I can't think of the silver lining to having someone steal a package of mug boxes and crinkle paper from my doorstep in the rain, except that maybe they will feel really stupid for having made the effort to steal mug boxes and crinkle paper. I can't think of the silver lining from when someone relieved my trunk of water bottles and juice boxes for the kid's birthday party, except that hopefully the juice in those boxes was rancid. As for the genius who broke my car window to take the diaper bag, I sure hope they are still picking glass from my car window that has embedded in some really uncomfortable places.

I am tired because this is total bullshit. I wasn't being careless and nothing has ever been stolen from my front porch. Maybe UPS made a mistake, but as the company charged me $30 for shipping and didn't give me any options for alternative delivery, I think I'm screwed so I'm pissed. I'm trying to build something here, and you are phucking with me!

So phuck you, phuck your Mama, and phuck your mama's mama.

Tuesday, October 31, 2017

Toddlers Don't Give a F***

I need to be doing any number of things right now, but I just had to write this down for posterity. I want my daughter to read this in twenty years to know just how much of a pain in the ass she could be at the worst possible moments.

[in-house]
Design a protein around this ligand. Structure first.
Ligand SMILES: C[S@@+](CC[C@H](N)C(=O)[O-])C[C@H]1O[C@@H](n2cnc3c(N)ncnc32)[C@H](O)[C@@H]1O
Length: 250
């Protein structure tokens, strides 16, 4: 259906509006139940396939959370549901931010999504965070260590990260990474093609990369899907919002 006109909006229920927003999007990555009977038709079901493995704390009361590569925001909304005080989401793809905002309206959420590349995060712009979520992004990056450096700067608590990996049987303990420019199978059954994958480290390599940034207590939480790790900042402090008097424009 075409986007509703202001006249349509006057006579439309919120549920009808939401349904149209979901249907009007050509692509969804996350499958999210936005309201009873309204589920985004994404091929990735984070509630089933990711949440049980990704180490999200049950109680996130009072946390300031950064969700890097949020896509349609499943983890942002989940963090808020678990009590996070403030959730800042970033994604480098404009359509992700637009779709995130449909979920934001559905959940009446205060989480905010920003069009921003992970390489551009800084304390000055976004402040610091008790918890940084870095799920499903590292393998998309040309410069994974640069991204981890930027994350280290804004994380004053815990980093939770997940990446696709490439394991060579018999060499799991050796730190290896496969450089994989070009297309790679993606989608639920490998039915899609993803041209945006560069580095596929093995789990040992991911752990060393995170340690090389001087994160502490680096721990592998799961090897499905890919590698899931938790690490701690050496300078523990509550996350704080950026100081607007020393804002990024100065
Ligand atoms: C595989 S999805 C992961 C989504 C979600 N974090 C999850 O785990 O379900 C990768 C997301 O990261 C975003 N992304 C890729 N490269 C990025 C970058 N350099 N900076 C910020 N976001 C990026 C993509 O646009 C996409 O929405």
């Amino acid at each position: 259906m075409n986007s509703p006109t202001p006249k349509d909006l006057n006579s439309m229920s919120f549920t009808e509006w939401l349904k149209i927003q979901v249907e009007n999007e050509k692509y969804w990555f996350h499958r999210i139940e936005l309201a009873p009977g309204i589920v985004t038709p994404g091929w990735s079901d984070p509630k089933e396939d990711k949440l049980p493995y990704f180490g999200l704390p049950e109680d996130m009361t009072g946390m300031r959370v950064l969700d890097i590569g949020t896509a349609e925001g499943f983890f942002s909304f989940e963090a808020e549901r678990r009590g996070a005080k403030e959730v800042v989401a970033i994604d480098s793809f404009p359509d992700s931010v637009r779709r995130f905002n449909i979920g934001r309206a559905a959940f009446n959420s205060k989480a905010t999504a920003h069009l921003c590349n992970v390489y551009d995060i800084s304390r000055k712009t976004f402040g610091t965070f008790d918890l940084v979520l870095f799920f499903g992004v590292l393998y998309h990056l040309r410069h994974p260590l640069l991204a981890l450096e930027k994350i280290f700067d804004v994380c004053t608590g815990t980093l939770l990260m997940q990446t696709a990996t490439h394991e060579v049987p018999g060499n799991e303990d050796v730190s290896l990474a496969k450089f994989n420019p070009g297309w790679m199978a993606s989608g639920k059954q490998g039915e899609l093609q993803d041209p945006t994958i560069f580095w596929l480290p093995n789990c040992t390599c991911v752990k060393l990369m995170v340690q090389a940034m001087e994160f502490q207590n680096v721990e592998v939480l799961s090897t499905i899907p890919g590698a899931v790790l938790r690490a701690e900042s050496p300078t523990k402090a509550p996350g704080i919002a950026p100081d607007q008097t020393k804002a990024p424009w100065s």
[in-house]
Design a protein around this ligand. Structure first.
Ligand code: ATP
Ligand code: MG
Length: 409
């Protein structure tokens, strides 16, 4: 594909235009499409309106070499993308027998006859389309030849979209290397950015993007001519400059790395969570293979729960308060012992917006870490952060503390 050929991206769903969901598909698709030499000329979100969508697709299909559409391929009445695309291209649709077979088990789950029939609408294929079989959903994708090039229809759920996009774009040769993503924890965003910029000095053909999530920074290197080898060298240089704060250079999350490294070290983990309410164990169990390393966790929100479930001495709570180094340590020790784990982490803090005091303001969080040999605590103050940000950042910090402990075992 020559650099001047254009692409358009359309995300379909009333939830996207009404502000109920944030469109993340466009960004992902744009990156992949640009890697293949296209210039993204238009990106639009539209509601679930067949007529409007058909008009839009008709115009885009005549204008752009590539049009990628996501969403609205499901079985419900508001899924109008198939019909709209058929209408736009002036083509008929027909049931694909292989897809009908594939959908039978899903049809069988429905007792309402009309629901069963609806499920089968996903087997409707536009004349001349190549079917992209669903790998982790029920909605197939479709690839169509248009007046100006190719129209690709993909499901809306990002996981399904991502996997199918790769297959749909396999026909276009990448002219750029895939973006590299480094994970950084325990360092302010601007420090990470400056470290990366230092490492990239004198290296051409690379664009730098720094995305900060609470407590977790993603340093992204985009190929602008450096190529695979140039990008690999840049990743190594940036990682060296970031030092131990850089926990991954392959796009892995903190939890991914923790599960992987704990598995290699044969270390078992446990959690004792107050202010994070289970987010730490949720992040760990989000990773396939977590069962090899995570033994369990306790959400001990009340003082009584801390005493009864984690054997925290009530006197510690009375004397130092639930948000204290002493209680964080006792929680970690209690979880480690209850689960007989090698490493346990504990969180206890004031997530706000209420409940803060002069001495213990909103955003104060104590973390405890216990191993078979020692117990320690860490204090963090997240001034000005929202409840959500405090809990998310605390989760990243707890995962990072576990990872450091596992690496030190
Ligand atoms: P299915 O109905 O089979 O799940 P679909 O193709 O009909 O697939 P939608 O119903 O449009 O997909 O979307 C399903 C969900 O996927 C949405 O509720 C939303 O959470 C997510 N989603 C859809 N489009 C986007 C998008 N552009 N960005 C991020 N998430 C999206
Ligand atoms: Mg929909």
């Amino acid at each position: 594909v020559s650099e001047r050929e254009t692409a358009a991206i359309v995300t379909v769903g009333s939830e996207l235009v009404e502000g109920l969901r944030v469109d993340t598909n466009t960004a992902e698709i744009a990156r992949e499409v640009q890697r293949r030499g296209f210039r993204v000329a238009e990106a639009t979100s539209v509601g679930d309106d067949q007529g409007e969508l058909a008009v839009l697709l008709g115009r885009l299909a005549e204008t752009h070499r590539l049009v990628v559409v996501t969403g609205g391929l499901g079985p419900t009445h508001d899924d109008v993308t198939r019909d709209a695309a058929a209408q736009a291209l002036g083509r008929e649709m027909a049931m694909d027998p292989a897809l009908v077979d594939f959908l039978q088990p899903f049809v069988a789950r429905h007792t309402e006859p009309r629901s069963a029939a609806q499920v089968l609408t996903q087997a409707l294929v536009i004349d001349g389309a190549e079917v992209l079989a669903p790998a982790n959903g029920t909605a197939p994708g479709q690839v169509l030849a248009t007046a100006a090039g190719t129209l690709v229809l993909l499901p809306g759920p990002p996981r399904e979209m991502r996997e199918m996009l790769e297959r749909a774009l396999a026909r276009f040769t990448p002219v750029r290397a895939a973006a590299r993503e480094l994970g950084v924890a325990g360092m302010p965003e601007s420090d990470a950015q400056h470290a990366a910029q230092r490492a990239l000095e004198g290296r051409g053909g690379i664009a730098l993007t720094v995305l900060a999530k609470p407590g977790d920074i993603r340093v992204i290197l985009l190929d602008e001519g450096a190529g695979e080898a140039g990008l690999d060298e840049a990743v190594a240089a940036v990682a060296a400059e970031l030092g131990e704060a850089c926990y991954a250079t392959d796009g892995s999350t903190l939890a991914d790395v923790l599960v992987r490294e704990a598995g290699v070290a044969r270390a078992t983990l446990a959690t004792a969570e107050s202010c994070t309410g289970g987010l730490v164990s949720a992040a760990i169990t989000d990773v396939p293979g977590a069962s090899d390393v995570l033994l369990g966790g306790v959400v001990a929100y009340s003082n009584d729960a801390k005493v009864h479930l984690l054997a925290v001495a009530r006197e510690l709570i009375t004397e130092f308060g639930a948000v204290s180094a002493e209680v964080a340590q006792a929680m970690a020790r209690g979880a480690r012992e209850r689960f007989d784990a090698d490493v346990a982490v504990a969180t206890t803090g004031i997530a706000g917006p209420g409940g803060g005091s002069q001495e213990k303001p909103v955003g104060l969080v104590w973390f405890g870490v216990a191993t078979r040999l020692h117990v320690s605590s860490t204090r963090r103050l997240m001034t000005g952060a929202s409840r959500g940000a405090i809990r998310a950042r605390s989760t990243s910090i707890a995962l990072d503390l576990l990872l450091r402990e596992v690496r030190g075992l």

I have been pushing through life these past few weeks on fumes. No chance to reset before the next intervening crisis or situation. And in the midst of that, I have a two year old who sincerely acts like the world only came into existence at the moment she became aware of it. Which occurs exactly at the moment she wakes up every morning.

Today is Halloween. I had intentions, but isht happens and while I was expressing my frustration with the Hub (a rant for another day or for someone who gets paid to keep me from going to the pokey), this child started running around in circles, standing on her head, and just doing any and everything to get my attention. I woke up with a headache. I was in a bad mood. I just wanted to sit still to drink my coffee. And she kept spinning.

I went to use the bathroom. She was attached to my leg as I climbed the stairs. I searched for some aspirin. She was pulling on my clothes. I sat down on the sofa. She got all up in my face and started pulling on my eyelids. I pulled a blanket over my head. She climbed into my lap, yanked at the blanket, and screamed "peek-a-boo."

I told her that Mommy isn't feeling well, and she looked right at me as if she understood every word, and then thrust her face into mine and yelled "trick or treat". Then she slid down my legs like a sliding board. Whee...